Otago Daily Times
Cameron’s contribution behind remarkable run
HE can’t score any runs.
He won’t take a single wicket or make a catch.
But North Otago Cricket Association chairman Peter Cameron has arguably contributed more than anyone to the association’s remarkable run during the past decade or so.
North Otago has earned the right to challenge Nelson for the Hawke Cup.
The threeday game gets under way at Saxton Oval today and it is North Otago’s fourth challenge in the past 12 seasons.
North Otago allrounder Jeremy Smith took 11 wickets to help the team edge Southland to secure the challenge.
But a lot of the hard work has been done in the back office by the team Cameron leads.
And it is not his first innings either. The 71yearold volunteer has been the association’s chairman since 2002 and was on the committee for the five years before that.
That is 24 years of giving back to the sport he loves.
To understand where that passion comes from you have wind the clock back about three decades.
Cameron grew up in Dunedin and played cricket for Port Chalmers. But it was not until he was in his 40s and living in Oamaru that he really started coming into his own.
His oldest son, Glynn, was playing cricket by that stage and he joined him at the Union Cricket Club.
He ended up playing 160 senior games for the club — 110 of them alongside Glynn and another ‘‘2530’’ alongside Glynn and youngest son Scott.
He was having such a wonderful time he did not retire
Hawke Cup challenge
Saxton Oval, 10:30am
North Otago: Jeremiah Shields, Stephan Grobler, Ben Donkers, Llew Johnson, Nathan Smith, Lachlan Kingan (c), Tom Dempster, Jeremy Smith, Cameron Grubb, Blake James, Nicholas Johnston, Scott Kitto. Nelson: Nic Clark, Thomas Zohrab, Greg Hay, Harsh Visavidya, Jonty Raxworthy, Joey O’Conner, David Zohrab, Ollie Jones Allen (c)
Josh Newport, Finn Restieaux, Josh Smith, Ronan Restieaux.
until he was 55.
While he eventually stopped playing, his contribution to game went up a level.
He was inspired to provide others with the types of opportunities he enjoyed, or as he put it, ‘‘making sure there is something ongoing’’.
‘‘Part of it has been a desire to see success,’’ Cameron responded when asked what kept him motivated.
‘‘But also my children and a couple of my grandchildren are cricket tragics, so it has also been about making sure there is something ongoing so they can be the best they can be.’’
Cameron has a background in banking and has worked as a mortgage and insurance broker.
At times his work was something he fitted in around cricket, from which he derived so much enjoyment. He has averaged about a day a week for the best part of two decades.
Glynn is from the same mould. Last year, New Zealand Cricket recognised his outstanding contribution to coaching in its community awards.
Glynn has spent more than 20 years coaching and is the only player from North Otago to play and coach at every representative level for the association.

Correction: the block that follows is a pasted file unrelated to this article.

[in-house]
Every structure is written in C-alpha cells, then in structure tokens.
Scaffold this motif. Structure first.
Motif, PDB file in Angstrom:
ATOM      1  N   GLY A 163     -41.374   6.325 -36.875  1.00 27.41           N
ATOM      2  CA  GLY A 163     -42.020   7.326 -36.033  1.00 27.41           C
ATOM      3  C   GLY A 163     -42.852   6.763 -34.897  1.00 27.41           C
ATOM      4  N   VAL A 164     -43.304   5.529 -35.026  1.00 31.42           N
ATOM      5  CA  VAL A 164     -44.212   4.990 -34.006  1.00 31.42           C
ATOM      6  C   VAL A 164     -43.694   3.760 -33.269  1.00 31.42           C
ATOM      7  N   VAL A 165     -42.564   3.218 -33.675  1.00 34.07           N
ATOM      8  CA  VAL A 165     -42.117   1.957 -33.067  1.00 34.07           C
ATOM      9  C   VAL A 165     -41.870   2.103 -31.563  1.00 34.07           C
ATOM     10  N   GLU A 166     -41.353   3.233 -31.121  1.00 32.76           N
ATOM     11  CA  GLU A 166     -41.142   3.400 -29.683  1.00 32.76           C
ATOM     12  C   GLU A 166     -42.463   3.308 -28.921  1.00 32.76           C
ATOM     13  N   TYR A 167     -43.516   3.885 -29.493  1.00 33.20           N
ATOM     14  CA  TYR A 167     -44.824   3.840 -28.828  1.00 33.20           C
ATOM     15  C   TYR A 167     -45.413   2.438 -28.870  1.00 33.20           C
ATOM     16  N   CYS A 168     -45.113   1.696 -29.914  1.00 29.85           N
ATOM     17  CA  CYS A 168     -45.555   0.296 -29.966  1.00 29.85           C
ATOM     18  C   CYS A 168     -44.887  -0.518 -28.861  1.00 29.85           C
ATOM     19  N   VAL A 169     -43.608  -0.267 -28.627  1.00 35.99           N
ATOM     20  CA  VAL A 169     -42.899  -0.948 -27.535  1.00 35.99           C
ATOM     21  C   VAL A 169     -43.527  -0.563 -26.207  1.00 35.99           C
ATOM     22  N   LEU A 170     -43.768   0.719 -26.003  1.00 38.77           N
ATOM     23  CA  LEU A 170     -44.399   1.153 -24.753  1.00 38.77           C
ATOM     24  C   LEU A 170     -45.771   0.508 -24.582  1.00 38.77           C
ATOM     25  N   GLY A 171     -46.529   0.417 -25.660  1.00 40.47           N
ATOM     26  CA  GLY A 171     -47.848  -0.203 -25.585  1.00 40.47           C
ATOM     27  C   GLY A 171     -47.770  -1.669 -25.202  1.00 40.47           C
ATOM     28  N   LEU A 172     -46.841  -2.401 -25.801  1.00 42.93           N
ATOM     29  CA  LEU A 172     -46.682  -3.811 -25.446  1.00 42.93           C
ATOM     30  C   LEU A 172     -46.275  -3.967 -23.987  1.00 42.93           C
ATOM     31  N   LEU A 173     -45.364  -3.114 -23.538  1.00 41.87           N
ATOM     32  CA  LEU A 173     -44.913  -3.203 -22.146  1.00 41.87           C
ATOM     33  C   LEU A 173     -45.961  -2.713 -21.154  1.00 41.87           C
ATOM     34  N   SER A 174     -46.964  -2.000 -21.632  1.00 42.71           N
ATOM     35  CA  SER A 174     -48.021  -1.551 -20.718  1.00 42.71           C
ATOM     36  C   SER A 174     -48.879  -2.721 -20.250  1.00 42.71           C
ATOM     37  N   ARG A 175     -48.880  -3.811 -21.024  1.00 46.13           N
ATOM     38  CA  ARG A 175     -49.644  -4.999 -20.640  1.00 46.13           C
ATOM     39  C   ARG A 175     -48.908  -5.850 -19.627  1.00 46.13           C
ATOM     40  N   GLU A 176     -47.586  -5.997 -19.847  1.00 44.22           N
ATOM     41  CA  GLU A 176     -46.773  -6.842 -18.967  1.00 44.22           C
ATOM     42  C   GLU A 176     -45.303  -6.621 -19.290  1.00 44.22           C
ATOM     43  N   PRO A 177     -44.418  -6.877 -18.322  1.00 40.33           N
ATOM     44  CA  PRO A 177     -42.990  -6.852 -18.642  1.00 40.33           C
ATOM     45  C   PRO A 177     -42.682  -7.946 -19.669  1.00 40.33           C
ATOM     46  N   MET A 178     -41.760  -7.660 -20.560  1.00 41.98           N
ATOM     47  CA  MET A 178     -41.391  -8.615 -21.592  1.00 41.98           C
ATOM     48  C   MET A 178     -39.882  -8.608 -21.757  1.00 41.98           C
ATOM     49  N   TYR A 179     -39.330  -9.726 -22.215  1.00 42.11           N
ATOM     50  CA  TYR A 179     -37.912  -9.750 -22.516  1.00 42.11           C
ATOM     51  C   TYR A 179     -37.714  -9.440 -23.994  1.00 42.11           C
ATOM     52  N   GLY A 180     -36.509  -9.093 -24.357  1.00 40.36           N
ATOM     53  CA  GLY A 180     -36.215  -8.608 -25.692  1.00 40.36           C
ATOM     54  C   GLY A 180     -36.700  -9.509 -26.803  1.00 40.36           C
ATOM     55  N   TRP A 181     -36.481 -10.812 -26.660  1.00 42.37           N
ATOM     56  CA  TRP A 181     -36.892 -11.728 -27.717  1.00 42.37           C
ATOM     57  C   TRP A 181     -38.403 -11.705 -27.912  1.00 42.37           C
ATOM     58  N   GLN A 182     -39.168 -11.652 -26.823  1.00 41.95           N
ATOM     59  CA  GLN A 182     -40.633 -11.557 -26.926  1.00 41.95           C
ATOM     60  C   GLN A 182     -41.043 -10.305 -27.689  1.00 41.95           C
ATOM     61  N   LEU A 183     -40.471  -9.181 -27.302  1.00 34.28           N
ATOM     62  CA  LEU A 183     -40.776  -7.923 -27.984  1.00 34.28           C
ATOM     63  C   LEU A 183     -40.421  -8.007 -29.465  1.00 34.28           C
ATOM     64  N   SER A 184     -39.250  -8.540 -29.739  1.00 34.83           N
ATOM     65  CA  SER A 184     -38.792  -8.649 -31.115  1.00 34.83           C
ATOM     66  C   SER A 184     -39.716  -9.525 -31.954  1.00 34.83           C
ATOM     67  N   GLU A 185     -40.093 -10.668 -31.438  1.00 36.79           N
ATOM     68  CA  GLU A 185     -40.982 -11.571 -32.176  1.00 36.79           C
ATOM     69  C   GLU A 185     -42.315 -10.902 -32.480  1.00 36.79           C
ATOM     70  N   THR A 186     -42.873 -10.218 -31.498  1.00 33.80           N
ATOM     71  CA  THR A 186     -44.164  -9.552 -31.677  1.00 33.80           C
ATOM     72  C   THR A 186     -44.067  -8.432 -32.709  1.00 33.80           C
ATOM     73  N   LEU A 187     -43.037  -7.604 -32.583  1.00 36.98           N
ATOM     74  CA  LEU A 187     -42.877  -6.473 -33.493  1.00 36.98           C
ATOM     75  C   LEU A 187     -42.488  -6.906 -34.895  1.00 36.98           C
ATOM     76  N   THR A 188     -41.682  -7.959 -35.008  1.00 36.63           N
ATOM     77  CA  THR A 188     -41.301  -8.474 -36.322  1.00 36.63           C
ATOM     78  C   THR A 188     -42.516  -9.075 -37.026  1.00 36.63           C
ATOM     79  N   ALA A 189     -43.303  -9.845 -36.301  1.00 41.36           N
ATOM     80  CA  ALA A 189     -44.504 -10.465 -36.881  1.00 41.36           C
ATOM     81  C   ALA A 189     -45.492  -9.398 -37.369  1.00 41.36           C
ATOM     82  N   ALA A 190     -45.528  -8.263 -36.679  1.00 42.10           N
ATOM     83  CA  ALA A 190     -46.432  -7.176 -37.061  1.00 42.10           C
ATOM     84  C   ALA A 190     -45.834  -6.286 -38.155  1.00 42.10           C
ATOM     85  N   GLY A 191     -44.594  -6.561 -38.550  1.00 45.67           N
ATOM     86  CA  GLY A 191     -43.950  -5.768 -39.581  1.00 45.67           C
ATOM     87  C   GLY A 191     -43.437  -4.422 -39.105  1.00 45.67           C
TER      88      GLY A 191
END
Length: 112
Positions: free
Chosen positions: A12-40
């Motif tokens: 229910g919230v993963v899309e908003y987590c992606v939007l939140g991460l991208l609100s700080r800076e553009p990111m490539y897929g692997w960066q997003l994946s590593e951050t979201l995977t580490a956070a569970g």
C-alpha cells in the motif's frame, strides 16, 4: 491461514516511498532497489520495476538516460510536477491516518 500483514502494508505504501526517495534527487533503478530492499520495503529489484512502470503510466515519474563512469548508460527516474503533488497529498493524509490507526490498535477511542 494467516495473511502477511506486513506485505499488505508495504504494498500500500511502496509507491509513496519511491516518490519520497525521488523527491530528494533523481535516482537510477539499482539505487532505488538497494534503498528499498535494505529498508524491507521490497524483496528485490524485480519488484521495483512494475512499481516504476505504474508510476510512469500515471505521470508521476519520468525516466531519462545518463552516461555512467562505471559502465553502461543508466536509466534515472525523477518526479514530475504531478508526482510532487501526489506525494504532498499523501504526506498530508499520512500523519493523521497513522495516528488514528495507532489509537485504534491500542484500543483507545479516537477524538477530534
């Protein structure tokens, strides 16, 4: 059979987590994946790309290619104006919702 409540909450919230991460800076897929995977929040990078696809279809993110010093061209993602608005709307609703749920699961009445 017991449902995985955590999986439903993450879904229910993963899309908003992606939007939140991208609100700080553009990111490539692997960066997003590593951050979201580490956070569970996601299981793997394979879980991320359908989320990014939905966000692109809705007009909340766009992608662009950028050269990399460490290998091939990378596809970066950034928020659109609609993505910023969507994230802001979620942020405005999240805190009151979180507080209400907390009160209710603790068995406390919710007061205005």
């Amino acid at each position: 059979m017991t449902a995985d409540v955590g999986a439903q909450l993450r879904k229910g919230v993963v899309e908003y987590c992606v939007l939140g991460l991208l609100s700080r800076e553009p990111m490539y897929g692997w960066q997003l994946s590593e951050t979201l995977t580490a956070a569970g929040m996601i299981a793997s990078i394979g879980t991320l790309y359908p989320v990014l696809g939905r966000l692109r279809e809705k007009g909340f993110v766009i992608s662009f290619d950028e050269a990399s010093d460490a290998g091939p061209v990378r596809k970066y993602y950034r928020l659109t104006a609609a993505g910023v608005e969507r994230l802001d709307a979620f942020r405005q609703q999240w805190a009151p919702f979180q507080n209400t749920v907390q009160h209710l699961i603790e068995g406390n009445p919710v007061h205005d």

It is an extraordinary contribution from a family.
Cameron has overseen plenty of change during his tenure.
When first involved at committee level, the organisation needed to become more professional and he helped guide that transition when he became chairman.
And after 19 years in the role ‘‘I’m still getting satisfaction and wanting to be part of it’’.
‘‘We are fortunate that we have a parttime administrator in Jacque Crombie who does an excellent job.
‘‘But as time has gone on the requirements and expectations of New Zealand Cricket have continued to grow as well, so much of the work that she completes is work over and above what I was doing before we had a paid person in that role.’’
‘‘Quite often your playing strength is reflected by your back office. And for the last 10 years we’ve had an exceptional group of people who have done a good job and this is our fourth challenge during that period.
‘‘For the smallest association in the zone, to get four challenges [indicates] we’ve done exceptionally well.’’
‘‘What we have to do as an organisation is provide opportunities for those coming through . . . so they can move on like the likes of your Nathan Smiths, Llew Johnsons and Molly Loes who have come through age group cricket here and moved on to a higher level.
‘‘We do feel very proud of what we have achieved with those young people.’’
CANTERBURY wicketkeeperbatsman Cameron Fletcher blasted his side into the Super Smash final with a matchwinning knock against Central Districts in the elimination final in Auckland yesterday.
He clobbered 72 from 42 balls to help the Kings overhaul the Stags’ total of 180 for seven.
Black Caps allrounder Daryl Mitchell played a crucial role as well. He stroked 88 from 58.
The pair combined in a partnership of 132 for the fifth wicket. Canterbury had slumped to 38 for four.
Both batsmen were dismissed late in the match which created a tense finish.
But Matt Henry found a single off the penultimate ball to seal the win.
Earlier, Will Young blazed 101 from 47 balls to help rescue his side from a weak position at 103 for five.
It was his maiden T20 century but it came in a losing effort.
While there was some top quality batting on display, Fletcher produced the standout knock.
He swatted five sixes and four fours to ensure the Kings will join defending champions the Wellington Firebirds in tomorrow’s final at the Basin Reserve.
‘‘It is an incredible feeling,’’ Fletcher said shortly after the game.
‘‘It was a knockout game and everything to play for and we knew we had to go out there hard.
‘‘I thought we did an incredible job in the field . . . but Will Young was amazing. To then to turn it around and get the win